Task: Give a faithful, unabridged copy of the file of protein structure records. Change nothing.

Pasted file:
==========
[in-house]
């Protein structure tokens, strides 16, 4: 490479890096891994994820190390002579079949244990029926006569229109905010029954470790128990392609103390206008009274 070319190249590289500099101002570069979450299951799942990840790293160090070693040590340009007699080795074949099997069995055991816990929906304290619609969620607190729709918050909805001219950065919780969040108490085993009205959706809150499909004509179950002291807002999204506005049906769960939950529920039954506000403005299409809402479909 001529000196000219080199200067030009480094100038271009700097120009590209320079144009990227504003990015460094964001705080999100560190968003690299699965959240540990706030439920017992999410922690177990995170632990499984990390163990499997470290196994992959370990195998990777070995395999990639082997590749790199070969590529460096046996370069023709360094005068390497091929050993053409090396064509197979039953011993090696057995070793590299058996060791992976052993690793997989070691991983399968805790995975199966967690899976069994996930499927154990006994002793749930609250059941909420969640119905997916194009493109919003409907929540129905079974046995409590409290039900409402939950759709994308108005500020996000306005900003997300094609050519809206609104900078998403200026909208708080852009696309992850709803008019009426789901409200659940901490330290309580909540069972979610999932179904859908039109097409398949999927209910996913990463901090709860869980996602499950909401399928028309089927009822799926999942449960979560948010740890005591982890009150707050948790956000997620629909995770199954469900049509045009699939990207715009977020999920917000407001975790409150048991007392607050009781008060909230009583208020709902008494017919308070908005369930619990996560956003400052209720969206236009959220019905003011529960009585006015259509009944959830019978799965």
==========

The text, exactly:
[in-house]
């Protein structure tokens, strides 16, 4: 490479890096891994994820190390002579079949244990029926006569229109905010029954470790128990392609103390206008009274 070319190249590289500099101002570069979450299951799942990840790293160090070693040590340009007699080795074949099997069995055991816990929906304290619609969620607190729709918050909805001219950065919780969040108490085993009205959706809150499909004509179950002291807002999204506005049906769960939950529920039954506000403005299409809402479909 001529000196000219080199200067030009480094100038271009700097120009590209320079144009990227504003990015460094964001705080999100560190968003690299699965959240540990706030439920017992999410922690177990995170632990499984990390163990499997470290196994992959370990195998990777070995395999990639082997590749790199070969590529460096046996370069023709360094005068390497091929050993053409090396064509197979039953011993090696057995070793590299058996060791992976052993690793997989070691991983399968805790995975199966967690899976069994996930499927154990006994002793749930609250059941909420969640119905997916194009493109919003409907929540129905079974046995409590409290039900409402939950759709994308108005500020996000306005900003997300094609050519809206609104900078998403200026909208708080852009696309992850709803008019009426789901409200659940901490330290309580909540069972979610999932179904859908039109097409398949999927209910996913990463901090709860869980996602499950909401399928028309089927009822799926999942449960979560948010740890005591982890009150707050948790956000997620629909995770199954469900049509045009699939990207715009977020999920917000407001975790409150048991007392607050009781008060909230009583208020709902008494017919308070908005369930619990996560956003400052209720969206236009959220019905003011529960009585006015259509009944959830019978799965």